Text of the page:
Window guards must be installed on all windows of an apartment with children; they cannot be installed selectively. The only exception to this rule is that window guards cannot be installed on windows that lead to a fire escape, for fire safety reasons. Read our guide for more information about fire escape regulations and their relation to window guards!
What this means for New York Habitat renters
New York Habitat specializes in short-term sublets (up to one year), so you may be wondering what this means for you as a renter. Vacation rental tenants who are bringing children along for a short-term stay should mention the need for window guards to their agents so that their agent can find them a child-friendly apartment with window guards already in place!
However, if you’re renting for one month or longer and you have young children living with you in your unit, ask your landlord or apartment owner about installing window guards if they are not already present. As a tenant, you and the landlord must comply with mandatory window guard regulations. If you’re moving into a unit with children under 10 and your unit has no window guards, inform your landlord in writing of the need for an installation. If your landlord doesn’t acknowledge the notice or refuses to comply, contact your New York Habitat agent. We can help you get in touch with the apartment’s owner or advise you on further steps, such as filing a complaint with 311.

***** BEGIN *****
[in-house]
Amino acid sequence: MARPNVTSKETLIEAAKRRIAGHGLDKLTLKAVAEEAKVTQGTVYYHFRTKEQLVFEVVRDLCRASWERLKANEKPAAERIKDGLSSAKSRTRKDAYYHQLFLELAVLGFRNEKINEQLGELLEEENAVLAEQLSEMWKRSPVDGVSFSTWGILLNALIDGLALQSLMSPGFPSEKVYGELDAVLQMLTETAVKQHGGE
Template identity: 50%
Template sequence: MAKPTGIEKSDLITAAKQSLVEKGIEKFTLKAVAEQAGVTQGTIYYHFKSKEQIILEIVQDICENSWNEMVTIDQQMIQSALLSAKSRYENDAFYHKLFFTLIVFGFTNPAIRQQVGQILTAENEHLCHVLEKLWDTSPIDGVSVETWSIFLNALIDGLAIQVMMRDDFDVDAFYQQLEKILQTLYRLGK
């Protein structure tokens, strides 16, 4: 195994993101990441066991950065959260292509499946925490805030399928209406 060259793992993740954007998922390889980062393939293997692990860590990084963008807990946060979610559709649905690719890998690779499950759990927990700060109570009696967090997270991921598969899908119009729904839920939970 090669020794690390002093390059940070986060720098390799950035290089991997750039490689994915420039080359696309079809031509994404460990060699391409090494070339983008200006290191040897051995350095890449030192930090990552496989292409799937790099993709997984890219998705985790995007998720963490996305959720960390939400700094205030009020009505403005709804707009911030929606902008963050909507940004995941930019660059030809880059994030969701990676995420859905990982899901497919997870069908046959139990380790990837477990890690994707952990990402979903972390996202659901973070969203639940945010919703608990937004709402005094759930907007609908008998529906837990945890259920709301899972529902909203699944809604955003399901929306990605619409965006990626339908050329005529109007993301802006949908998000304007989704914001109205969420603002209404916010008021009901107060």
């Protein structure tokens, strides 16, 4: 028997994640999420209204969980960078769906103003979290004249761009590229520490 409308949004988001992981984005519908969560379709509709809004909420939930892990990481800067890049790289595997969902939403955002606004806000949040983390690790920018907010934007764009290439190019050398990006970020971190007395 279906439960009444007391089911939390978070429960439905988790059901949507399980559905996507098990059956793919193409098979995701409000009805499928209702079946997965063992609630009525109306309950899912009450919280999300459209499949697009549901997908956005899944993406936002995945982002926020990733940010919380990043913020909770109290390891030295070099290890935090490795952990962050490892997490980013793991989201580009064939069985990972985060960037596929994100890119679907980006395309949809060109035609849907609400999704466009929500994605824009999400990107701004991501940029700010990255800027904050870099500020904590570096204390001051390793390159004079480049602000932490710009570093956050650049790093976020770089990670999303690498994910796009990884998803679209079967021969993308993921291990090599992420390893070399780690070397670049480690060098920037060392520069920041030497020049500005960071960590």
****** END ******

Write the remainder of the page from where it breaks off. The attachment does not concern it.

Additionally, all New York Habitat clients can benefit from the safety tips listed below. Many of our clients are highly concerned with the safety of their apartment rental and neighborhood, so one of the most important things to understand about window guards is their function. Window guards are not intended to deter burglars. In New York City, seeing bars on the windows is not an indicator of an unsafe neighborhood; it merely indicates that children reside in that unit or building!
Are my window guards properly installed?
In order to make sure that new or existing window guards on your apartment’s windows are properly installed and will serve their intended purpose, there are a few installation and safety standards you can look for and test yourself.